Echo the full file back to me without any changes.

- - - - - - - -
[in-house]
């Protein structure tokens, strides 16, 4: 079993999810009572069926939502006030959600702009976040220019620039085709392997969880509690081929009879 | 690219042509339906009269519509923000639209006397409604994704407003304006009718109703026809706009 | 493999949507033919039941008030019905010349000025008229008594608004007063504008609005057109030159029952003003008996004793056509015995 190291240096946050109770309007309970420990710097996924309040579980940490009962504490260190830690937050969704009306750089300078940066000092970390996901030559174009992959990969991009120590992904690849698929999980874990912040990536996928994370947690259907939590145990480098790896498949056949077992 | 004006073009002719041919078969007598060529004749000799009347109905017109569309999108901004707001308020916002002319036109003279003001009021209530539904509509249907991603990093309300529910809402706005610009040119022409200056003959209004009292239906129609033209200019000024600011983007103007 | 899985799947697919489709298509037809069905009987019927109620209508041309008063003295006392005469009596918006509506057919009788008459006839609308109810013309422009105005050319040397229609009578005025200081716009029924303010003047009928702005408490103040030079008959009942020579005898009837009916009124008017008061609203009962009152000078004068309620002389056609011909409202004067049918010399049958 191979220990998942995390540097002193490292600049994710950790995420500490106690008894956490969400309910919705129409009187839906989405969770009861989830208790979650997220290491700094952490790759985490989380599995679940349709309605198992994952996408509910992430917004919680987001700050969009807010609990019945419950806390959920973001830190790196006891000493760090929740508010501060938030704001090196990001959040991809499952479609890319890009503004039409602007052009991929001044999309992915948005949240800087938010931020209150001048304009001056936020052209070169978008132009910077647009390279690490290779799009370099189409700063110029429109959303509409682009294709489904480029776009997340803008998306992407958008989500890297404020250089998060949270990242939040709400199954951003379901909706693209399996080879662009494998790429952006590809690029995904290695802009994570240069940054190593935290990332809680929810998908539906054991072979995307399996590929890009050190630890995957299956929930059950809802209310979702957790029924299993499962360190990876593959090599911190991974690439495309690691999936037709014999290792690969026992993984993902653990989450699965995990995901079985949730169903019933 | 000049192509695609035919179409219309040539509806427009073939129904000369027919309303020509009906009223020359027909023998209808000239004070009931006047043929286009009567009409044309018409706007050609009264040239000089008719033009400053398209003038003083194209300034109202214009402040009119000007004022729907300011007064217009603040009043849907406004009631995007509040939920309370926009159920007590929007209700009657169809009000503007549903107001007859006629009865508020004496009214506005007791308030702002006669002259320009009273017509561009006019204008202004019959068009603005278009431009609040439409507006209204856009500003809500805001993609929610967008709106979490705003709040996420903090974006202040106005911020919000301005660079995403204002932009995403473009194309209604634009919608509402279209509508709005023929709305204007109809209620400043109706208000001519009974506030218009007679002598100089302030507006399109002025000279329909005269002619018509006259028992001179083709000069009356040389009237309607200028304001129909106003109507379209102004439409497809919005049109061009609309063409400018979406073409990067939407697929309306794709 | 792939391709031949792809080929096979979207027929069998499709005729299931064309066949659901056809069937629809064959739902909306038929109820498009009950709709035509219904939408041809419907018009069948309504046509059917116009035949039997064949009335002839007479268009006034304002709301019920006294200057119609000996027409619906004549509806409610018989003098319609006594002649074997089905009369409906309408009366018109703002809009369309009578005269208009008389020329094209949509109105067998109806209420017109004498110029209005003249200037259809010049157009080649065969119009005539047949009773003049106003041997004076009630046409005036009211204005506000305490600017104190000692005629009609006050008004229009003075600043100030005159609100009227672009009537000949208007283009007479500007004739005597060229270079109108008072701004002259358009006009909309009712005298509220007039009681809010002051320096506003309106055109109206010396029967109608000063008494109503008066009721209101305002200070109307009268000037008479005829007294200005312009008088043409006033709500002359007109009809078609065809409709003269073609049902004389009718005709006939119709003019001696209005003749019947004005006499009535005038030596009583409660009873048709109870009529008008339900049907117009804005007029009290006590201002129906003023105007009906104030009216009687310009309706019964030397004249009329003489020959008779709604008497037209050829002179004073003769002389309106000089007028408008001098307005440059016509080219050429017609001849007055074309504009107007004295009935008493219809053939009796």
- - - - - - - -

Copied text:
[in-house]
């Protein structure tokens, strides 16, 4: 079993999810009572069926939502006030959600702009976040220019620039085709392997969880509690081929009879 | 690219042509339906009269519509923000639209006397409604994704407003304006009718109703026809706009 | 493999949507033919039941008030019905010349000025008229008594608004007063504008609005057109030159029952003003008996004793056509015995 190291240096946050109770309007309970420990710097996924309040579980940490009962504490260190830690937050969704009306750089300078940066000092970390996901030559174009992959990969991009120590992904690849698929999980874990912040990536996928994370947690259907939590145990480098790896498949056949077992 | 004006073009002719041919078969007598060529004749000799009347109905017109569309999108901004707001308020916002002319036109003279003001009021209530539904509509249907991603990093309300529910809402706005610009040119022409200056003959209004009292239906129609033209200019000024600011983007103007 | 899985799947697919489709298509037809069905009987019927109620209508041309008063003295006392005469009596918006509506057919009788008459006839609308109810013309422009105005050319040397229609009578005025200081716009029924303010003047009928702005408490103040030079008959009942020579005898009837009916009124008017008061609203009962009152000078004068309620002389056609011909409202004067049918010399049958 191979220990998942995390540097002193490292600049994710950790995420500490106690008894956490969400309910919705129409009187839906989405969770009861989830208790979650997220290491700094952490790759985490989380599995679940349709309605198992994952996408509910992430917004919680987001700050969009807010609990019945419950806390959920973001830190790196006891000493760090929740508010501060938030704001090196990001959040991809499952479609890319890009503004039409602007052009991929001044999309992915948005949240800087938010931020209150001048304009001056936020052209070169978008132009910077647009390279690490290779799009370099189409700063110029429109959303509409682009294709489904480029776009997340803008998306992407958008989500890297404020250089998060949270990242939040709400199954951003379901909706693209399996080879662009494998790429952006590809690029995904290695802009994570240069940054190593935290990332809680929810998908539906054991072979995307399996590929890009050190630890995957299956929930059950809802209310979702957790029924299993499962360190990876593959090599911190991974690439495309690691999936037709014999290792690969026992993984993902653990989450699965995990995901079985949730169903019933 | 000049192509695609035919179409219309040539509806427009073939129904000369027919309303020509009906009223020359027909023998209808000239004070009931006047043929286009009567009409044309018409706007050609009264040239000089008719033009400053398209003038003083194209300034109202214009402040009119000007004022729907300011007064217009603040009043849907406004009631995007509040939920309370926009159920007590929007209700009657169809009000503007549903107001007859006629009865508020004496009214506005007791308030702002006669002259320009009273017509561009006019204008202004019959068009603005278009431009609040439409507006209204856009500003809500805001993609929610967008709106979490705003709040996420903090974006202040106005911020919000301005660079995403204002932009995403473009194309209604634009919608509402279209509508709005023929709305204007109809209620400043109706208000001519009974506030218009007679002598100089302030507006399109002025000279329909005269002619018509006259028992001179083709000069009356040389009237309607200028304001129909106003109507379209102004439409497809919005049109061009609309063409400018979406073409990067939407697929309306794709 | 792939391709031949792809080929096979979207027929069998499709005729299931064309066949659901056809069937629809064959739902909306038929109820498009009950709709035509219904939408041809419907018009069948309504046509059917116009035949039997064949009335002839007479268009006034304002709301019920006294200057119609000996027409619906004549509806409610018989003098319609006594002649074997089905009369409906309408009366018109703002809009369309009578005269208009008389020329094209949509109105067998109806209420017109004498110029209005003249200037259809010049157009080649065969119009005539047949009773003049106003041997004076009630046409005036009211204005506000305490600017104190000692005629009609006050008004229009003075600043100030005159609100009227672009009537000949208007283009007479500007004739005597060229270079109108008072701004002259358009006009909309009712005298509220007039009681809010002051320096506003309106055109109206010396029967109608000063008494109503008066009721209101305002200070109307009268000037008479005829007294200005312009008088043409006033709500002359007109009809078609065809409709003269073609049902004389009718005709006939119709003019001696209005003749019947004005006499009535005038030596009583409660009873048709109870009529008008339900049907117009804005007029009290006590201002129906003023105007009906104030009216009687310009309706019964030397004249009329003489020959008779709604008497037209050829002179004073003769002389309106000089007028408008001098307005440059016509080219050429017609001849007055074309504009107007004295009935008493219809053939009796």